After 3 hours of music and a much needed public service announcement on domestic violence, the Recording Academy decided to end the show with a selfish lobbying effort to create tougher copyright laws. By starting the Creators’ Alliance (dubbed #GrammyAlliance for Twitter), the Recording Academy placed itself strongly on the side of major record labels against the recording artists who constitute the bulk of the Recording Academy members. Continue reading
As the US Copyright Office pushes forward with plans for the largest overhaul of copyright in decades, it is important not to fall back to the same patterns that have eviscerated musicians and other creative producers. These copyright rewrites always end-up making powerful copyright interests more powerful. Continue reading
As more data is released from 2014, we can see that major record labels celebrated a year of indisputable growth. Yet, they continue to include language that makes it sound as if the industry shrank.
“While the U.S. music industry suffered through its worst sales year since the advent of SoundScan (now Nielsen Music) in 1991, streaming was so strong last year that the industry nevertheless saw growth — yes, growth — in 2014, when new metrics to measure music revenue are taken into consideration.” Continue reading
iTake-Over: The Recording Industry in the Digital Era was released today by Rowman & Littlefield. Be sure to grab your copy. Continue reading
After three decades of fighting, the Recording Industry Association of America (RIAA) is finally about to win a battle against a music reproduction technology: the tape cassette. Sony recently announced that it will no longer produce the once popular Sony Walkman. The Walkman became synonymous with portable personal music. While the cassette technology lost out to the CD Walkman long-ago, this is notable because of the impact that the cassette had on the recording industry as a whole. Continue reading
Whenever some new use of the internet to download music comes along, the Recording Industry Association of America tries to shut the action down through litigation . . . unless of course the action was created by iTunes. This time around Apple is interested in cloud computing where iTunes users can access their music database via streaming technology from anywhere there’s the internet. Users would upload their (legally purchased) music onto an Apple server and always have access to their music. Sounds good, only this idea is not new nor has the RIAA been approving of this structure in the past. Continue reading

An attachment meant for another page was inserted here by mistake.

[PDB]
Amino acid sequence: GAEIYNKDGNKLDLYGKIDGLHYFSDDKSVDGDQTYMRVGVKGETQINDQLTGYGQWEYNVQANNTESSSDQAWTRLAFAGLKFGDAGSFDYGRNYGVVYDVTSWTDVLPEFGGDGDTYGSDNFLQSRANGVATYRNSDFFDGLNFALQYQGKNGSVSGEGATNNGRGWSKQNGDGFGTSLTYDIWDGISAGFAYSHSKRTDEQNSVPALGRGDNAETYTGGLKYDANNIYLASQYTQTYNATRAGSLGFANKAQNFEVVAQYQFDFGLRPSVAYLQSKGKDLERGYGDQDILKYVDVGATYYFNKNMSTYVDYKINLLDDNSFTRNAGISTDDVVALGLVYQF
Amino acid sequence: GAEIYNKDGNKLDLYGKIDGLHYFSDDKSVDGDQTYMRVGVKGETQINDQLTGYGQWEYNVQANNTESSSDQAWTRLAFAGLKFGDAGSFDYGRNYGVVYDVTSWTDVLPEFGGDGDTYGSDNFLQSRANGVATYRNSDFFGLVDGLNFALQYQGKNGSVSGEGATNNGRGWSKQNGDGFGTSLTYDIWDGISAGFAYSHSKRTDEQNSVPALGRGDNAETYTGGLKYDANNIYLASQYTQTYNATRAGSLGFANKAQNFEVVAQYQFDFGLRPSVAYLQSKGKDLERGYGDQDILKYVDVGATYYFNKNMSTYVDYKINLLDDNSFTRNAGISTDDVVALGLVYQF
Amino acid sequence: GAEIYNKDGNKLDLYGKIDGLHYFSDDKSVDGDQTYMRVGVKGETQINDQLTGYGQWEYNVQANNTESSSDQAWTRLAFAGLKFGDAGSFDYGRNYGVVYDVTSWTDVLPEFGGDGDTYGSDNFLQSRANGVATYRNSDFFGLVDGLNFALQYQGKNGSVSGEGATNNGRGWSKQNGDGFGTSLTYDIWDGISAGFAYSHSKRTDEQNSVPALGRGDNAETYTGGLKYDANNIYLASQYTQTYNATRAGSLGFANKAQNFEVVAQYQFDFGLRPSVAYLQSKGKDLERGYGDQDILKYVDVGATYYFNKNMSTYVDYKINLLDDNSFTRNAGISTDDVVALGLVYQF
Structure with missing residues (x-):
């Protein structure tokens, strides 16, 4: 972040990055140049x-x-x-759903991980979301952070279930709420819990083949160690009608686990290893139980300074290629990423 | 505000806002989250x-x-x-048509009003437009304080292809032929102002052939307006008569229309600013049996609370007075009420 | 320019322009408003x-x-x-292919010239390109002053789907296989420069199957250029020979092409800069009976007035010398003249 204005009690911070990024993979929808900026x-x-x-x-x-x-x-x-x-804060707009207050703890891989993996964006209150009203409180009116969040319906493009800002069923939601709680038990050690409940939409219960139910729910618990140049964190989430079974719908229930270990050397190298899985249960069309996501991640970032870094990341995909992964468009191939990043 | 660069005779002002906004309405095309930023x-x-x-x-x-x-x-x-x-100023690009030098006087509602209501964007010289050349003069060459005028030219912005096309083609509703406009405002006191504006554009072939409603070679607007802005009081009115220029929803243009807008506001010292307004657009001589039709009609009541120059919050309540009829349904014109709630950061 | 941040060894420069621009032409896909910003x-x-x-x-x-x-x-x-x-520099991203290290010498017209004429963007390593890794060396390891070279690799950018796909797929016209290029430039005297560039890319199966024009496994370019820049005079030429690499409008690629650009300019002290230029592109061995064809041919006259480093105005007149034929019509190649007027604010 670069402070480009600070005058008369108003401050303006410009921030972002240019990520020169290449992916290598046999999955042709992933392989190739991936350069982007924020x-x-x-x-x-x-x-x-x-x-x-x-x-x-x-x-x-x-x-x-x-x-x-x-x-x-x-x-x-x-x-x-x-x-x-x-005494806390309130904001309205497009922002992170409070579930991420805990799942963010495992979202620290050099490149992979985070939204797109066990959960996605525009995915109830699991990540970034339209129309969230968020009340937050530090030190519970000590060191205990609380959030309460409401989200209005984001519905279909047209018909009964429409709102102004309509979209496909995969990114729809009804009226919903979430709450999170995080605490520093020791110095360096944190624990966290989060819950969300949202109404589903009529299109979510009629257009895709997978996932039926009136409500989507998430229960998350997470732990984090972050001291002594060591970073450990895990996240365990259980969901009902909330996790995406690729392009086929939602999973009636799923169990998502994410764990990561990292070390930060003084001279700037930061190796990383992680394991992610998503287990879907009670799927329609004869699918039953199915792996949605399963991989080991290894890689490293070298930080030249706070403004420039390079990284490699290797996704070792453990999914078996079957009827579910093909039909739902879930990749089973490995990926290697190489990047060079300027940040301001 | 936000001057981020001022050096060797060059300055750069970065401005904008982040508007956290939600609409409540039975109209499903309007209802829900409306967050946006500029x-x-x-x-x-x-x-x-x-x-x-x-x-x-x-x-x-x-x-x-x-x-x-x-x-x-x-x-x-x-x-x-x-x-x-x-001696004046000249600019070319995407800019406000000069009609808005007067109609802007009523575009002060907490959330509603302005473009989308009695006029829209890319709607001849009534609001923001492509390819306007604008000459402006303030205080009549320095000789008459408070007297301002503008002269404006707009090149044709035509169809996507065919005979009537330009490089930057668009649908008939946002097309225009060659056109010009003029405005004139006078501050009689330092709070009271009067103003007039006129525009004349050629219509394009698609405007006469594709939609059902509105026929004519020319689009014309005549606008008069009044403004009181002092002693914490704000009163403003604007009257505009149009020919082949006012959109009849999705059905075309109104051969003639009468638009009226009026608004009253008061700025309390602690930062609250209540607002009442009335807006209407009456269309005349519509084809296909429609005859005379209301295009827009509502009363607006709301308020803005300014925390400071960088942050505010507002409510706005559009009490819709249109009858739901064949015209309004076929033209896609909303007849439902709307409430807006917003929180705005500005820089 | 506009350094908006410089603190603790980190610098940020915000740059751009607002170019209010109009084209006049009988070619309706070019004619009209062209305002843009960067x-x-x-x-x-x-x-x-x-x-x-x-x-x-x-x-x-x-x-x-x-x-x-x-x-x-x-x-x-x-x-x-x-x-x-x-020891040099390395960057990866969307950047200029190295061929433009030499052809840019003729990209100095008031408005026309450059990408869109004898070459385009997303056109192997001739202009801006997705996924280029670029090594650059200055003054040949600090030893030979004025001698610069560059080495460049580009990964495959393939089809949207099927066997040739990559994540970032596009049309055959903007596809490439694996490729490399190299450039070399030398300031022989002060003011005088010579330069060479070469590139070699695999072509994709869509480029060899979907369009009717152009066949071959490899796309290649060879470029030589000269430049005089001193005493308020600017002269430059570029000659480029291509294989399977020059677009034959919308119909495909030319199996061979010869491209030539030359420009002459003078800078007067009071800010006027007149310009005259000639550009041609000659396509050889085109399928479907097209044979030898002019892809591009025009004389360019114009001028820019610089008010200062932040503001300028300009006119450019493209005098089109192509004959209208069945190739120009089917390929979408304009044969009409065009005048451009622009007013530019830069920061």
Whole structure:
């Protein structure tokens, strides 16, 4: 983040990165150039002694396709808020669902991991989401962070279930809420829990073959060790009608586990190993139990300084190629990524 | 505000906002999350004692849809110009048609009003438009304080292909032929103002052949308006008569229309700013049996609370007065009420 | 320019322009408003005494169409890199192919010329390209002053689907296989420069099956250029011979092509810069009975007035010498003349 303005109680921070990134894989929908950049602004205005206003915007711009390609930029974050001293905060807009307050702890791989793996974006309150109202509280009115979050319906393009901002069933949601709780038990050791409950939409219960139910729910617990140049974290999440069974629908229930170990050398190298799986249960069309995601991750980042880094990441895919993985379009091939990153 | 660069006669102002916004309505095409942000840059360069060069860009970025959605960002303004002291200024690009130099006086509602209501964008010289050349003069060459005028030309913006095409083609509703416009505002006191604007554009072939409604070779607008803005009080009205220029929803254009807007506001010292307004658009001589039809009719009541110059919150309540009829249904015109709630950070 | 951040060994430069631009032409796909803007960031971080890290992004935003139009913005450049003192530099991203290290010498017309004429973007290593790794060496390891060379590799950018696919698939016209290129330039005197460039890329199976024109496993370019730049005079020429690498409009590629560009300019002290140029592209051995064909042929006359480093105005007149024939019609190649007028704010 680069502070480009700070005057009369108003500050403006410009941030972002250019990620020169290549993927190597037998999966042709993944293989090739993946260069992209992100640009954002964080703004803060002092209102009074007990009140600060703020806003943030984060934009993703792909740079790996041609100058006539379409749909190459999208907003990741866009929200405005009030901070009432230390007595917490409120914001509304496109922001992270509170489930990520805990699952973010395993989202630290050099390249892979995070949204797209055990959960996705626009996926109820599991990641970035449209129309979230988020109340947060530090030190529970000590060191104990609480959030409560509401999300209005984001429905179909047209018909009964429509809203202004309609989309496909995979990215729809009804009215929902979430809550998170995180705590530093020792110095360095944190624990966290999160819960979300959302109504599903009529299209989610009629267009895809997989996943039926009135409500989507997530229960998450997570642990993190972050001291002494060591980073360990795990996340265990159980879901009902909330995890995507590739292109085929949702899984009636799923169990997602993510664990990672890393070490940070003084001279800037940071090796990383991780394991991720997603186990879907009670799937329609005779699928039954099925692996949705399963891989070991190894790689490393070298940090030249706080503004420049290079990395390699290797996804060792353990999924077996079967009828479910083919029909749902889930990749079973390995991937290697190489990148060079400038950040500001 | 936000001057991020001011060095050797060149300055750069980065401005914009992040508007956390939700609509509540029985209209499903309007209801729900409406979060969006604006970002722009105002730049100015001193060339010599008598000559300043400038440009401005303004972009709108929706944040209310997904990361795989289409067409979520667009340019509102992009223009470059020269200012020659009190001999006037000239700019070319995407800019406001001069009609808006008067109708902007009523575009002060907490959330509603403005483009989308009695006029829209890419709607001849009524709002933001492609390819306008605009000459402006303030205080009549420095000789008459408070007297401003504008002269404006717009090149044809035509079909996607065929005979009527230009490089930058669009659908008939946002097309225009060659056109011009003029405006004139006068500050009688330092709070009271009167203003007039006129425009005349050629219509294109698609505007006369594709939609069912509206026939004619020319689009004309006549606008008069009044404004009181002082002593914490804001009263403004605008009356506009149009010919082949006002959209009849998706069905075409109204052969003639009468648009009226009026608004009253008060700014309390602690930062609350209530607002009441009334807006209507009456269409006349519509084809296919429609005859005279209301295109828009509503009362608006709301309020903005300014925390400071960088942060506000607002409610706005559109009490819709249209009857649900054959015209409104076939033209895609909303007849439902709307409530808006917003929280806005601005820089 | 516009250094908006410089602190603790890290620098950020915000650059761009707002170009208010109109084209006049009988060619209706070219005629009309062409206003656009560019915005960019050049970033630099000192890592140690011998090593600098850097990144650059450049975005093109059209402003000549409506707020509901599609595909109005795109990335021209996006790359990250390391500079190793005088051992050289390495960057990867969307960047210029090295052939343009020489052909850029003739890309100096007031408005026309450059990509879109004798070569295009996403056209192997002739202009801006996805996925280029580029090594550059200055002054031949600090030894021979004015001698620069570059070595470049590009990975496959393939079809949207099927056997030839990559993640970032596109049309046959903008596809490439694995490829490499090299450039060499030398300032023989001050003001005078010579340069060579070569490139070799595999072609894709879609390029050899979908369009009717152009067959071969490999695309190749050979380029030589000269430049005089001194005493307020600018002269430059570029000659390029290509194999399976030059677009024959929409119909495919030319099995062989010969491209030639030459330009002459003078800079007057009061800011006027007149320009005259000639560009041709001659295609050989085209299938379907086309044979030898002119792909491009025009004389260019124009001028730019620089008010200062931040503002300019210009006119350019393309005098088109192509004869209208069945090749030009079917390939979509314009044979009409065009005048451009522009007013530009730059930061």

Previously, I mentioned that the Recording Industry Association of America (RIAA) won its first lawsuit against people sharing music via the Internet. As long as there has been copyright legislation, there has been “piracy” – I’m sure that someone was bootlegging print copies of Beethoven’s symphonies. However, no one had been charged for pirating something where they were in turn not profiting from its sale. Sharing music online is not the same thing as selling illegally reproduced music. Furthermore, all of this is being done in the name of the musicians – the RIAA argues that when people download music on file-sharing programs, they are stealing from musicians. But where is the money going from the RIAA’s litigation? Typically the money from lawsuits (not just about file-sharing) goes back to the RIAA and the major record labels. What follows is a brief explanation of why the RIAA and the major record labels are more exploitative of musicians than file-sharers. Future blog posts will further elucidate the erroneous nature of the music industry’s arguments about file-sharing.
The Recording Industry Association of America (RIAA) has been filing lawsuits against “pirates” (aka music file-sharers) since 2003, but few people have tried to fight them. They sue users for an absurd amount of money for each song that they upload and these people usually have uploaded songs in the 1000s. In fact no case has gone to trial . . . until now. A jury “found Jammie Thomas-Rasset guilty of willfully violating copyright law” – cost: $1.92 million! You read that right, $1,920,000 or $80,000 per song and they convicted her of sharing 24 songs. Continue reading